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Re: [xml-dbms] All in one answer....

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  • Ronald Bourret
    Ahhh. We re closer than I thought. I think the last thing we need to do is move the dispatch method from the transfer/map engine to the CLI class. In practical
    Message 1 of 9 , Dec 11, 2000
      Ahhh. We're closer than I thought. I think the last thing we need to do
      is move the dispatch method from the transfer/map engine to the CLI
      class. In practical terms, this means moving the init, action, and
      transfer methods from Xmldbms to Transfer, and the init and action
      methods from Xmldbms to GenerateMap. Thus, assuming Transfer and
      GenerateMap inherit from a ProcessProperties class, they would look
      something like the following. Notice that dispatch is a public method,
      so people (like the GUI) who want to do text-based programming can write
      directly to it without going through a command line.

      public class Transfer {

      public static main(String[] args) throws Exception {
      // Parse the arguments and generate a Properties object
      Properties props = this.getProperties(args);

      // Dispatch the action

      public static void dispatch(Properties props) throws Exception
      TransferEngine transferEngine = new TransferEngine();

      // Set up the parser and database

      // Dispatch the action
      String action = props.get(ACTION);
      if (action.equals(STOREDOCUMENT)) {
      String mapFilename = props.get(MAPFILE);
      String xmlFilename = props.get(XMLFILE);
      int commitMode = convertCommitMode(props.get(COMMITMODE));
      String keyGeneratorClass = props.get(KEYGENERATORCLASS);
      transferEngine.storeDocument(mapFilename, xmlFilename,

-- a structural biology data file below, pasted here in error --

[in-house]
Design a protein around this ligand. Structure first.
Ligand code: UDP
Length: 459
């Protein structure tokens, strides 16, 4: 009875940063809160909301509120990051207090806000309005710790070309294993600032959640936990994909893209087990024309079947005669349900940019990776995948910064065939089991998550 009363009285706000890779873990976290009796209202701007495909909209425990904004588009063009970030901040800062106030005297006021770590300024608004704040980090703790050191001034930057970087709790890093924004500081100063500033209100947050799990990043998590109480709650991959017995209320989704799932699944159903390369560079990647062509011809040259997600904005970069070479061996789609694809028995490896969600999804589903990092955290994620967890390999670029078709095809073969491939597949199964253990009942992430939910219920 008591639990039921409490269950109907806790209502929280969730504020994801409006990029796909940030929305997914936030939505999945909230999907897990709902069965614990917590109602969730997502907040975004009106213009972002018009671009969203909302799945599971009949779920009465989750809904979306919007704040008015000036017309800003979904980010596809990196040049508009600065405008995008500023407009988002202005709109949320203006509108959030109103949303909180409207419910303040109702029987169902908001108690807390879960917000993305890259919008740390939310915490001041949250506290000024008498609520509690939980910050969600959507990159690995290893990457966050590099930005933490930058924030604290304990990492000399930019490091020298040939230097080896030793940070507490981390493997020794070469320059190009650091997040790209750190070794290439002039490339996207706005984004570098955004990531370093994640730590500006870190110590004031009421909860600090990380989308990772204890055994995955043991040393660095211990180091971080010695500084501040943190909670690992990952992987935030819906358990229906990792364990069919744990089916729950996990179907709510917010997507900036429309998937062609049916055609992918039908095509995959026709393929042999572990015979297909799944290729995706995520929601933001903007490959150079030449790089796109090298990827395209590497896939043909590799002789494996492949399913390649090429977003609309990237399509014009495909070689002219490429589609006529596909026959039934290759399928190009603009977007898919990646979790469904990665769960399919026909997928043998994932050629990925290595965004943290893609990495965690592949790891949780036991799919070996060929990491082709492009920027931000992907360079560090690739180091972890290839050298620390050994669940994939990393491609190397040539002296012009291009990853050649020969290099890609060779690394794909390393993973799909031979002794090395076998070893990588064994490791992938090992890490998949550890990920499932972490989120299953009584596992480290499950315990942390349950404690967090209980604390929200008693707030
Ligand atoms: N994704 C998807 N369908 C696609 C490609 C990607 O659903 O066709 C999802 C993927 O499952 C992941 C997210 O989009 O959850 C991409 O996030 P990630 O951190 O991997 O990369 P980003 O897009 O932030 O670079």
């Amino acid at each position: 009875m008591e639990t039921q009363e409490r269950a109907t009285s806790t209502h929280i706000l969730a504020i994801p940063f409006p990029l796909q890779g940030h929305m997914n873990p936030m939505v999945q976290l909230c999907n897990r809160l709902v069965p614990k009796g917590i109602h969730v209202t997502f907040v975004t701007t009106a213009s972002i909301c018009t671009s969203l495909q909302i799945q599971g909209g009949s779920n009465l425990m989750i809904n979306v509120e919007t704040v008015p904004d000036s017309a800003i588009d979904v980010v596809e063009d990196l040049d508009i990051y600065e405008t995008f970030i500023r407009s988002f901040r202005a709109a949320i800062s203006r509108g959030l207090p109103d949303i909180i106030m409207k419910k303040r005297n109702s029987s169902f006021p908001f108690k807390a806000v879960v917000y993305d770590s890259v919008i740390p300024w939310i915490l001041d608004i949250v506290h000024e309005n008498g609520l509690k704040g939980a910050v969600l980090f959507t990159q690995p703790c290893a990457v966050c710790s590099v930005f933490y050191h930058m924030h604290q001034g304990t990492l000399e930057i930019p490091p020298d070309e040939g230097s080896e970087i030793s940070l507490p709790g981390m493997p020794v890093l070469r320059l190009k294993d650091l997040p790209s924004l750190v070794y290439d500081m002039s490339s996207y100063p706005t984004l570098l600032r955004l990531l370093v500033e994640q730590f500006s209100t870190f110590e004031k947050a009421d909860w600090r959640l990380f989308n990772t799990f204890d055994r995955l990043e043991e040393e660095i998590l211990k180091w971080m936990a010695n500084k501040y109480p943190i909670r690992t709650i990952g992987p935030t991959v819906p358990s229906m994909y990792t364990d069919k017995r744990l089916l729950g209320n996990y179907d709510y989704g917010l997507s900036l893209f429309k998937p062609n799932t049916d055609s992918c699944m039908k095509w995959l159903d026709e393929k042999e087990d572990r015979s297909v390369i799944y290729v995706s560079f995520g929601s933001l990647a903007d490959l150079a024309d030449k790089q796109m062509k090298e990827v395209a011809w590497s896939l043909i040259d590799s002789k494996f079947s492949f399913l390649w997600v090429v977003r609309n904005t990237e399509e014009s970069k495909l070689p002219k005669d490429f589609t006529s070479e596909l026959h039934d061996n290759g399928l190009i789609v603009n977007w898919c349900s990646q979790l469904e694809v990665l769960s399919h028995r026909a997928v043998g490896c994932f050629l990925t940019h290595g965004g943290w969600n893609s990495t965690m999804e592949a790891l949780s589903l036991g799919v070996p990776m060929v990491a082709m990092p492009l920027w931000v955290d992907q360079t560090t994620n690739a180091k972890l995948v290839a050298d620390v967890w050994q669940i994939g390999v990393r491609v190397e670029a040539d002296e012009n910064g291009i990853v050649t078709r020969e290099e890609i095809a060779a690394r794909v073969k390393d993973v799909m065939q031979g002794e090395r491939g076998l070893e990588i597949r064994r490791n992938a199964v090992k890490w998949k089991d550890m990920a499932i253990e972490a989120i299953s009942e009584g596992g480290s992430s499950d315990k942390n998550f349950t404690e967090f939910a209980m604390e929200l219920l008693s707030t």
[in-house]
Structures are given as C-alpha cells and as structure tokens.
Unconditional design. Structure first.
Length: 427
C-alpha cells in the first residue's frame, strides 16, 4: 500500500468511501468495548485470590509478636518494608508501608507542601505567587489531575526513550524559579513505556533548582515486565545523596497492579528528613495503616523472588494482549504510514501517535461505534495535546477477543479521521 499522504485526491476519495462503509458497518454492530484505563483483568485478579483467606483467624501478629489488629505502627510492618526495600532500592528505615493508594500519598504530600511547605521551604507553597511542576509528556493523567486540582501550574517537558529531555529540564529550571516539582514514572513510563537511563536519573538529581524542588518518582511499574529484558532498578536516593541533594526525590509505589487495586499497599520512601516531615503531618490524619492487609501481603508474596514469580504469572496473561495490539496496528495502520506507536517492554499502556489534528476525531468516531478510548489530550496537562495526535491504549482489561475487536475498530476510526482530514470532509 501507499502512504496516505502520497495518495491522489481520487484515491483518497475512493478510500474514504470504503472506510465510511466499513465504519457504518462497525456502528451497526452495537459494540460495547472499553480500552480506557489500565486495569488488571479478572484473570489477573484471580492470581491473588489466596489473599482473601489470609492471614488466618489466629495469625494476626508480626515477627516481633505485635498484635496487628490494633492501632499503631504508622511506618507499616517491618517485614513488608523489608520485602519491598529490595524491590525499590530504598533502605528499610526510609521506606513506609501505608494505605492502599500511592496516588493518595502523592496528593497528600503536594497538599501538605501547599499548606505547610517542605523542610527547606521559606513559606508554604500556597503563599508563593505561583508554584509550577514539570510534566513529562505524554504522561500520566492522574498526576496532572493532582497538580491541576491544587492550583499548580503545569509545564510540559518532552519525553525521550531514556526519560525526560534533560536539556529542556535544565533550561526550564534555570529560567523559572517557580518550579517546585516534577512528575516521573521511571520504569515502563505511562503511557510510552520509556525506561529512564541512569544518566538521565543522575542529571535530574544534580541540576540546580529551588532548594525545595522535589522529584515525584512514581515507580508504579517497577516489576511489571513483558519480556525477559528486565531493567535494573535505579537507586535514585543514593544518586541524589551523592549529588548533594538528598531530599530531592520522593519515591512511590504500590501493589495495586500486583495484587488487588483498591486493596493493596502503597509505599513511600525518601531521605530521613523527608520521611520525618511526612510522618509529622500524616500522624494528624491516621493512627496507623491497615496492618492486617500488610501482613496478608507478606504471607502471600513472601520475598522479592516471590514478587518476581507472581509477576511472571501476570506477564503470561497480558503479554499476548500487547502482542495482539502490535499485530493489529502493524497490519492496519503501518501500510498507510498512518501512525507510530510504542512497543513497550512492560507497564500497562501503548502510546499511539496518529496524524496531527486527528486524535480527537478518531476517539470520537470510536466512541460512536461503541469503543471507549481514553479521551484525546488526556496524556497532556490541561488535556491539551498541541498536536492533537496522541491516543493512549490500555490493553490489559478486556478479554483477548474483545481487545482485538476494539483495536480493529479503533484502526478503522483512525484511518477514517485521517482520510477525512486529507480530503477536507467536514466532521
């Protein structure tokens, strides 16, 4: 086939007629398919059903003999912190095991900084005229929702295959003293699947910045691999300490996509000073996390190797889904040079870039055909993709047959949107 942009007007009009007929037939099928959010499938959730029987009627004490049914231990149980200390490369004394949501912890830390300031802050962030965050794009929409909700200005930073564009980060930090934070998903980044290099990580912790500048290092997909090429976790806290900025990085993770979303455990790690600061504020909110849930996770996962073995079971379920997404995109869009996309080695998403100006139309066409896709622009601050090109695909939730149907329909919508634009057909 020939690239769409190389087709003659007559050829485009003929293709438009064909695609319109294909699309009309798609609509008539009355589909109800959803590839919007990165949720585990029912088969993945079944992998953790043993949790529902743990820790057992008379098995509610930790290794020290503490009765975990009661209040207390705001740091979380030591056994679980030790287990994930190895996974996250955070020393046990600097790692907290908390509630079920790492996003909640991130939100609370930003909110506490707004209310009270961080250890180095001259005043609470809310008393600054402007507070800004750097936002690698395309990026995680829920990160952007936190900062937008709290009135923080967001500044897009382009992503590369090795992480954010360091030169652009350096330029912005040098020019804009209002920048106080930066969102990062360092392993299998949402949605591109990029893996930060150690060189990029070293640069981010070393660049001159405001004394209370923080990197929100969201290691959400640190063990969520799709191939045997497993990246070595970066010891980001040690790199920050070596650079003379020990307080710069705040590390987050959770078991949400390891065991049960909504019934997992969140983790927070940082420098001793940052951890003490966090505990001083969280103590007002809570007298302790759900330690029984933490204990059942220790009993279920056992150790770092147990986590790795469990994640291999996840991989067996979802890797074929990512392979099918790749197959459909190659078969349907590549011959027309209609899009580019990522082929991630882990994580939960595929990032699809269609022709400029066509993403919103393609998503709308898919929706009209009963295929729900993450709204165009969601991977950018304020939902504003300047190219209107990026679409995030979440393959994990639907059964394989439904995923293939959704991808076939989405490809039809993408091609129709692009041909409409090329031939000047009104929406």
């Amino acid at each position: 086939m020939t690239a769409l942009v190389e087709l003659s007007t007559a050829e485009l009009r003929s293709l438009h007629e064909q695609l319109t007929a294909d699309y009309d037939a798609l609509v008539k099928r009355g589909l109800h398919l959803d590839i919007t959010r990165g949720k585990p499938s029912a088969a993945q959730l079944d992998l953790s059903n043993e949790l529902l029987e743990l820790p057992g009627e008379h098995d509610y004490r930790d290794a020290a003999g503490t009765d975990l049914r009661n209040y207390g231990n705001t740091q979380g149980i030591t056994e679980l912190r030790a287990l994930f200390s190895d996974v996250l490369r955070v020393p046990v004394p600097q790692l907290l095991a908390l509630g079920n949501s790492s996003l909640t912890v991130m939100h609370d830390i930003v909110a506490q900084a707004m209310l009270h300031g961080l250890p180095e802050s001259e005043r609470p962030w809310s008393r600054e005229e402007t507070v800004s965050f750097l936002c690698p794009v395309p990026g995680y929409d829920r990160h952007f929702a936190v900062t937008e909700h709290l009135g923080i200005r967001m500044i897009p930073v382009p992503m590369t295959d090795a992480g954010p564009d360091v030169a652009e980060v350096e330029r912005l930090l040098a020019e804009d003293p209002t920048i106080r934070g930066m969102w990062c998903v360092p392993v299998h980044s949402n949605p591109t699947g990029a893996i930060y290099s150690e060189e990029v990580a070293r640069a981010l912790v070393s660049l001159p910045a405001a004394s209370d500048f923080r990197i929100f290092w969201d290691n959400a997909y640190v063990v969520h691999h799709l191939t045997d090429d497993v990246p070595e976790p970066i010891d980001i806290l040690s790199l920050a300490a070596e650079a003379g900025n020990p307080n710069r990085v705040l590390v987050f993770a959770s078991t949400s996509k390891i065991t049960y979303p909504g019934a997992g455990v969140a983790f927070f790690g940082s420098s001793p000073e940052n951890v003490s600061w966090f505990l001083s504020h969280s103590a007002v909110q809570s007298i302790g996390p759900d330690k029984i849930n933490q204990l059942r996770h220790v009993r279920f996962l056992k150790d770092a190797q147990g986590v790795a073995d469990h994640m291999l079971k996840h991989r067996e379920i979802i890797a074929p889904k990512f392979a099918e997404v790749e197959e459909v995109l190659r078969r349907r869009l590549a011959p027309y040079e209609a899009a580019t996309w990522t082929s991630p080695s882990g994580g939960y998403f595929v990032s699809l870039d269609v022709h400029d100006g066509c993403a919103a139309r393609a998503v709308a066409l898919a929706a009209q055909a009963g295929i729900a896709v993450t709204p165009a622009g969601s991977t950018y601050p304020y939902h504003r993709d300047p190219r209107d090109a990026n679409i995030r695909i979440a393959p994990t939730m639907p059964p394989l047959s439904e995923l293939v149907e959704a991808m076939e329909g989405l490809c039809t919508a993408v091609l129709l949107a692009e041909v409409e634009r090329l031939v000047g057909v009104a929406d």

commitMode, keyGeneratorClass);
      } else if action.equals(...) {
      } else ... {

      This will make the CLI classes more complex than they are now. (It
      requires them to know the transfer and map engine APIs.) However, this
      means we have a clean separation between the text-based interface and
      the programmatic interface. Furthermore, since the text-based interface
      is layered on top of the programmatic interface, it makes sense for the
      text-based interface (higher level) to know about the programmatic
      interface (lower level) but not vice versa. Finally, it means we can
      evolve both interfaces separately without too much worry of interference
      between the two.

      As a first stab at the text-based interface, see what you think of the
      properties in:


      Ignore the discussion of three separate files and the DatabasePropsFile
      and ParserPropsFile properties. The rest is pretty much the same as
      what's in textvalues.txt, except for: (1) renaming, and (2)
      consolidation of the action, t_status, and t_direction properties into a
      single Action property.

      Does this give people too many options? For example, should we remove
      commit mode and keygeneratorclass, infer the schema type from the file
      extension, and merge retrieveDocumentByKey and retrieveDocumentByKeys?
      On the one hand, this is supposed to be a simple API. On the other hand,
      people probably want control.

      You can also ignore the comment that these properties simply reflect the
      underlying API. Although that statement might be true now, I don't think
      it will be true in the future. In particular, the text-based API should
      have properties that make sense for execution in a language-independent,
      disconnected, probably stateless environment. The programmatic API